The City of Los Angeles has for many years been faced with a planning dilemma, lagging far behind all other major U.S. cities in green space and affordable housing. The local development boom has not substantially alleviated the problem and may have even added to it. In response, the City has recently passed legislation, Ordinance No. 184505 (the “Parks Dedication and Fee Ordinance”), which tries to strike a new balance between housing and open space considerations. It sets out a revised version of the City’s park or “Quimby” fee requirements. Its provisions extend to apartment projects as well as condominium developments. The amount and scope of those fees will be increased on the premise that those funds will help pay for steps to mitigate the impacts which ongoing residential development will have on parks and other recreational areas, even as the City continues to encourage additional multi-family construction.
A colleague of Joe Cobert, Craig Lawson, a highly regarded and knowledgeable land use consultant in Los Angeles (and a reader of The Joe Cobert Report), has written a terrific summary of the terms of the new ordinance, both its coverage and its exemptions. With his permission, we have sent a copy to the readers of The Joe Cobert Reort.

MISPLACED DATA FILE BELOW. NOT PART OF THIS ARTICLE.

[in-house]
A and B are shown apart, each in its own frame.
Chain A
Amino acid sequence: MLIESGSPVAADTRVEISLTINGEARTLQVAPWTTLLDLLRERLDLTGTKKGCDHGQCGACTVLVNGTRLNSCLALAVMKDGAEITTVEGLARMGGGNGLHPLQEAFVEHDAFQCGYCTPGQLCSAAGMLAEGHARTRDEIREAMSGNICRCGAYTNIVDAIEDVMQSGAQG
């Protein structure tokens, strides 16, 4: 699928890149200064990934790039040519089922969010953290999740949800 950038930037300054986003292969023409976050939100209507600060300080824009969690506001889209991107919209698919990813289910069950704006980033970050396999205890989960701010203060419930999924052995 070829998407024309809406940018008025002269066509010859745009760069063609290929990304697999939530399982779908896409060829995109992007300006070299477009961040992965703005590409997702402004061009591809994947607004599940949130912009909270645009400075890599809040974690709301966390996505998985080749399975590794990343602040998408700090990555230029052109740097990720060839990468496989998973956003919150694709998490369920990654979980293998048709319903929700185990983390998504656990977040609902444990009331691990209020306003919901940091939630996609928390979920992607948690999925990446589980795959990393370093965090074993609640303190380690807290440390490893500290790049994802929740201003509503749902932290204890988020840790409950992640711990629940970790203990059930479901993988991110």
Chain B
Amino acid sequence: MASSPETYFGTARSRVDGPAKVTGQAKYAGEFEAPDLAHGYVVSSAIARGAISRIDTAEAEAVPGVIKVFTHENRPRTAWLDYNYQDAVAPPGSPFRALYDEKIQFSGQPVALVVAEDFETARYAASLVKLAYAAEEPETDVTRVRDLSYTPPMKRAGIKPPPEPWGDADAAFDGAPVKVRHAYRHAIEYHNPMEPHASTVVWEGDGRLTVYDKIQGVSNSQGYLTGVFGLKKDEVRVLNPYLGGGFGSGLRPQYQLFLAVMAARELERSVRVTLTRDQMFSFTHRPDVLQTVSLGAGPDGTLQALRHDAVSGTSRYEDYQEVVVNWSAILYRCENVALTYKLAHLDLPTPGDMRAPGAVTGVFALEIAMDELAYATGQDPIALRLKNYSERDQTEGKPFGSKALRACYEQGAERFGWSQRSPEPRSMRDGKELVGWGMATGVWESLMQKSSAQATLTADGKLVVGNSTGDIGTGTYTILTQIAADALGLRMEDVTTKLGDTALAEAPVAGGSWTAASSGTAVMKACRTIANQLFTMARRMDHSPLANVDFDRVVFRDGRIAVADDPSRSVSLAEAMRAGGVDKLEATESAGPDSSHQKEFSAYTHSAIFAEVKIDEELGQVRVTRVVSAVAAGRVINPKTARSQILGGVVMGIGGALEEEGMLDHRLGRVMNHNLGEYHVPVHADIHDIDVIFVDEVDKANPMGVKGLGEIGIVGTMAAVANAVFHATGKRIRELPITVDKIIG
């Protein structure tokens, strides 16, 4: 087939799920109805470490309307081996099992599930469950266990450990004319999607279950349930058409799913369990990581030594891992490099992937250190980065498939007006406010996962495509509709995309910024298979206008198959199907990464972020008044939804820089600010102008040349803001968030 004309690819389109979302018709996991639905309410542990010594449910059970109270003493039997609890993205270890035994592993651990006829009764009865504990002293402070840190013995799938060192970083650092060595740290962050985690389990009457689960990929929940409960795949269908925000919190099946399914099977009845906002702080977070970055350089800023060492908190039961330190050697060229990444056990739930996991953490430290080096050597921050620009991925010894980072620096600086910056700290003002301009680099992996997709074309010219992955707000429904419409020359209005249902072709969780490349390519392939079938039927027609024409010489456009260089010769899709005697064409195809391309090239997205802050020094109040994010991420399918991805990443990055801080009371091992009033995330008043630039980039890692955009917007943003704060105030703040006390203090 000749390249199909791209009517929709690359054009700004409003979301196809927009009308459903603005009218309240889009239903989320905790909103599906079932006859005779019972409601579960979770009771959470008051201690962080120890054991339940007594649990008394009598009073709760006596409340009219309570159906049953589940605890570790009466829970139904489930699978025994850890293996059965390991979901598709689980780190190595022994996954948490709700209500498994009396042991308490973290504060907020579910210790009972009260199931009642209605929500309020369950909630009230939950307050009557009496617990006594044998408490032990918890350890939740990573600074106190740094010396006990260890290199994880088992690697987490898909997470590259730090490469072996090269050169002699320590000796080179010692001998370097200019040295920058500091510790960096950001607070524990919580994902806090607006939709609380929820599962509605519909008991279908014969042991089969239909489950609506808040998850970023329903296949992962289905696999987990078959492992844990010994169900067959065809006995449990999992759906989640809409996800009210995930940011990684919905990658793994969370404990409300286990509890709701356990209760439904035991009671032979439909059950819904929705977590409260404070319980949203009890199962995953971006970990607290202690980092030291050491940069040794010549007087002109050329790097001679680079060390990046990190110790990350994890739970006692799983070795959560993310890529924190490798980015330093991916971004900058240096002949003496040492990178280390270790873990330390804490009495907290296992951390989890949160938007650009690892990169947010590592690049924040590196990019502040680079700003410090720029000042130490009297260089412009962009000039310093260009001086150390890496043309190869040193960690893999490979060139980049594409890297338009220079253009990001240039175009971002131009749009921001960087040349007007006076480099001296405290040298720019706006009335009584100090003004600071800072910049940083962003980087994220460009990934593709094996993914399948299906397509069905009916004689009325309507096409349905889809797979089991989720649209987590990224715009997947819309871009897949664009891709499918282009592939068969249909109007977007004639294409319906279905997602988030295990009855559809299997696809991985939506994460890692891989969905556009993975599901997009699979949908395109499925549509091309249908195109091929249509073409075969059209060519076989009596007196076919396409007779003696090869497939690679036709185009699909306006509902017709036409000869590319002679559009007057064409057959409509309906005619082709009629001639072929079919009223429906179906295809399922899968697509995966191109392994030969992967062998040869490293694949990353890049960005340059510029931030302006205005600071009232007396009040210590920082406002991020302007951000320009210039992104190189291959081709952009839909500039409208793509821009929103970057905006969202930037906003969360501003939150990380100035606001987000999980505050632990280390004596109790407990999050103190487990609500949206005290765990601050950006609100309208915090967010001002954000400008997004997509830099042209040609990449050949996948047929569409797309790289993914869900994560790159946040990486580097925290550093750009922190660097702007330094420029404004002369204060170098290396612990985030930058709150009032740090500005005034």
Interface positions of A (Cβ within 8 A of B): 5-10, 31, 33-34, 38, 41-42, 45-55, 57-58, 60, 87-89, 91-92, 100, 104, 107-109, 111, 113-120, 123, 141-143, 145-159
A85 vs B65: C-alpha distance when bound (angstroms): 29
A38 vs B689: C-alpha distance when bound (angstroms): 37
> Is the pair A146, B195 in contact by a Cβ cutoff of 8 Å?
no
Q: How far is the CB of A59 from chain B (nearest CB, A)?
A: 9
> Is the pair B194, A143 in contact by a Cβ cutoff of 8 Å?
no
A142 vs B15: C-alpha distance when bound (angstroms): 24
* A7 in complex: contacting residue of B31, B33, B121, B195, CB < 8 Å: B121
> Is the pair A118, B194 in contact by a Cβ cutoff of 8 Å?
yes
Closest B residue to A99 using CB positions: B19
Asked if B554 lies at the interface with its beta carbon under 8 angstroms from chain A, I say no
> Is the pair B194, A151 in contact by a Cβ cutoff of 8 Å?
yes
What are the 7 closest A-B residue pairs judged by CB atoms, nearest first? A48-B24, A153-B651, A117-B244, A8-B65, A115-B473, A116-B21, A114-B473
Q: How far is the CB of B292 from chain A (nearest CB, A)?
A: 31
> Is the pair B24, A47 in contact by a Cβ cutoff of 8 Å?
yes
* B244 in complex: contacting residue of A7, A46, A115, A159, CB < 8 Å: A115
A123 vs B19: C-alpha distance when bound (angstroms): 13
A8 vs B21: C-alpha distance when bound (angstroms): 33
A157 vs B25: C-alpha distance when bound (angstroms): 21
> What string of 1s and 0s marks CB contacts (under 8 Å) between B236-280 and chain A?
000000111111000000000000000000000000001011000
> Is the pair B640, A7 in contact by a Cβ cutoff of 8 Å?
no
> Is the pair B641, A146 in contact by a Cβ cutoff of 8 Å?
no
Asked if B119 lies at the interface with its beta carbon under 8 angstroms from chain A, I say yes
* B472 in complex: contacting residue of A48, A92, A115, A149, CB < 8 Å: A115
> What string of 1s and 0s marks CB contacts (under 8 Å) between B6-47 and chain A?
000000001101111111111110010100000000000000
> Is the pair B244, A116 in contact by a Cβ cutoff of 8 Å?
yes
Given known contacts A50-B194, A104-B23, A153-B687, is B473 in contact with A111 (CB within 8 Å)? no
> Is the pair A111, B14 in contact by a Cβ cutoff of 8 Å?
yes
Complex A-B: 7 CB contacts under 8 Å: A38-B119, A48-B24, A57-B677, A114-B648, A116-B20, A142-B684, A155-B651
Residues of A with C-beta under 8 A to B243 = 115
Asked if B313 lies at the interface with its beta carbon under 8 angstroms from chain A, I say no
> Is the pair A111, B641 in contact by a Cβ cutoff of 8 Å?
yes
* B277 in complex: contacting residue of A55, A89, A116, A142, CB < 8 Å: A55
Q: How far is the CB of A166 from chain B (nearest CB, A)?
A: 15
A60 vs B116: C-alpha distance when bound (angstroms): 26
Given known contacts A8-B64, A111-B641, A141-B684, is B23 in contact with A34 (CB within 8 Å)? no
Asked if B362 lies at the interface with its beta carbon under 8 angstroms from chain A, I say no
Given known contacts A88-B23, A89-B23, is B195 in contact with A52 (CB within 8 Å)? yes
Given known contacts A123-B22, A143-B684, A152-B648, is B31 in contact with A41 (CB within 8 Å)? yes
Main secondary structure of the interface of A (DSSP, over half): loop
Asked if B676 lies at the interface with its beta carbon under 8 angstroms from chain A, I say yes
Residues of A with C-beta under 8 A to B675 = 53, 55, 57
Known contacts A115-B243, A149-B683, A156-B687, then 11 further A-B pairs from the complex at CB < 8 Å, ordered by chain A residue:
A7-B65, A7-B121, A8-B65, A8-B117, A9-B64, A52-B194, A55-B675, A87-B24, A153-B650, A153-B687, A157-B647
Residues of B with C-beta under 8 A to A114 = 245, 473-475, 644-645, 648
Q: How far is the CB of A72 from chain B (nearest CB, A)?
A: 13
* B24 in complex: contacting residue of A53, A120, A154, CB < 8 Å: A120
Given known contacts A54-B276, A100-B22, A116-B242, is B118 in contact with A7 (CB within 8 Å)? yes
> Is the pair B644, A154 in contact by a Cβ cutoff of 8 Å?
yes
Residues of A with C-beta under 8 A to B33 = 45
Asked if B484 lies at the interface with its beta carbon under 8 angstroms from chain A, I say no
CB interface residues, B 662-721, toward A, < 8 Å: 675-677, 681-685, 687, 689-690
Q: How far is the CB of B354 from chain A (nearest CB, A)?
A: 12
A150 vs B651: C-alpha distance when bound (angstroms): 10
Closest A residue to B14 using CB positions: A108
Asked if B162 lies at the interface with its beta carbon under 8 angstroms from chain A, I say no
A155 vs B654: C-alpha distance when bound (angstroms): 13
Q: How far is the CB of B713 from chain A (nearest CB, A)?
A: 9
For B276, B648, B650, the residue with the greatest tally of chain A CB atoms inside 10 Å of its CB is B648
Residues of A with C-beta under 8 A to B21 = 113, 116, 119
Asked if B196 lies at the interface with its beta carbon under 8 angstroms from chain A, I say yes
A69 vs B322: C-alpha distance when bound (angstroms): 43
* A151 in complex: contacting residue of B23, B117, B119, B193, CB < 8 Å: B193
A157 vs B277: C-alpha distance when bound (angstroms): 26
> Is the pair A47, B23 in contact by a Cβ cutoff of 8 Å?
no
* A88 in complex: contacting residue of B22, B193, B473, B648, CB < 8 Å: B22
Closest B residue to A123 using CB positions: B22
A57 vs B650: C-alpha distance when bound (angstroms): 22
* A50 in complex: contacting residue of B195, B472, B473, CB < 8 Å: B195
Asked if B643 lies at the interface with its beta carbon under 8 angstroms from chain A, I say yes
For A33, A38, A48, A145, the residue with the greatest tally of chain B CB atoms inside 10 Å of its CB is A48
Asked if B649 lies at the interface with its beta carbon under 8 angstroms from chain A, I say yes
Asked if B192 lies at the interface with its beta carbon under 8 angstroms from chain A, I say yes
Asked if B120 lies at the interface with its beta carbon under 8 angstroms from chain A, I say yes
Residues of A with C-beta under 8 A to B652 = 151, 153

Note that the ordinance is not scheduled to be fully operative until February of 2017, 120 days after the currently prescribed “effective date” of October 20, 2016. The October date is very important right now because the exemption is tied to the effective date. The exemption reads as follows:
“Any project that would otherwise be subject to a park fee but has acquired vested rights under Section 12.26 A.3 of this Code prior to the effective date of this Ordinance, and/or has an approved vesting tentative tract map per Section 17.15, the application for which has been deemed complete prior to the effective date of this Ordinance, shall not be subject to a park fee.”
Clearly, absent modification of the Ordinance in the next few weeks, anyone who has a project “in the pipeline” in the City of Los Angeles needs to do everything possible to move the project to an exempt status in the next 30 days (by October 19).
The Joe Cobert Report will keep you informed about the Ordinance and the various issues raised thereby.